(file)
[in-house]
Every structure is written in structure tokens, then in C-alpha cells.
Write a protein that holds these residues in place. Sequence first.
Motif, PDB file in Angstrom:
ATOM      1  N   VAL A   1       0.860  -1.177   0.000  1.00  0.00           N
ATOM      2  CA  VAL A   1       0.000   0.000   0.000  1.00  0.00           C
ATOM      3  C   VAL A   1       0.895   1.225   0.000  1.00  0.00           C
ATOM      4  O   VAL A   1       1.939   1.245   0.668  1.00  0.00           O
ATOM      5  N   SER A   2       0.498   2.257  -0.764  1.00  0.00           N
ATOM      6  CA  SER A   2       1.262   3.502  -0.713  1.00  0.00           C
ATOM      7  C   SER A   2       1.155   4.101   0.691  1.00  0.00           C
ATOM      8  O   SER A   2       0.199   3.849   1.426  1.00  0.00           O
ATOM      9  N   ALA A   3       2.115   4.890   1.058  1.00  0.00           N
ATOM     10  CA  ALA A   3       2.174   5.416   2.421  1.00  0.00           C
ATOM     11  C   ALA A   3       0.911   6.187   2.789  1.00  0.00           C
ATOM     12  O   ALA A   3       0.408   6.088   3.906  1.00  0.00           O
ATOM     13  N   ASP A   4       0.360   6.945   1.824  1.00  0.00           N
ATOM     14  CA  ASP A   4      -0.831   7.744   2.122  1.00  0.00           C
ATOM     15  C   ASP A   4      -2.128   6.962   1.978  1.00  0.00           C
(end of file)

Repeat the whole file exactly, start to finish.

[in-house]
Every structure is written in structure tokens, then in C-alpha cells.
Write a protein that holds these residues in place. Sequence first.
Motif, PDB file in Angstrom:
ATOM      1  N   VAL A   1       0.860  -1.177   0.000  1.00  0.00           N
ATOM      2  CA  VAL A   1       0.000   0.000   0.000  1.00  0.00           C
ATOM      3  C   VAL A   1       0.895   1.225   0.000  1.00  0.00           C
ATOM      4  O   VAL A   1       1.939   1.245   0.668  1.00  0.00           O
ATOM      5  N   SER A   2       0.498   2.257  -0.764  1.00  0.00           N
ATOM      6  CA  SER A   2       1.262   3.502  -0.713  1.00  0.00           C
ATOM      7  C   SER A   2       1.155   4.101   0.691  1.00  0.00           C
ATOM      8  O   SER A   2       0.199   3.849   1.426  1.00  0.00           O
ATOM      9  N   ALA A   3       2.115   4.890   1.058  1.00  0.00           N
ATOM     10  CA  ALA A   3       2.174   5.416   2.421  1.00  0.00           C
ATOM     11  C   ALA A   3       0.911   6.187   2.789  1.00  0.00           C
ATOM     12  O   ALA A   3       0.408   6.088   3.906  1.00  0.00           O
ATOM     13  N   ASP A   4       0.360   6.945   1.824  1.00  0.00           N
ATOM     14  CA  ASP A   4      -0.831   7.744   2.122  1.00  0.00           C
ATOM     15  C   ASP A   4      -2.128   6.962   1.978  1.00  0.00           C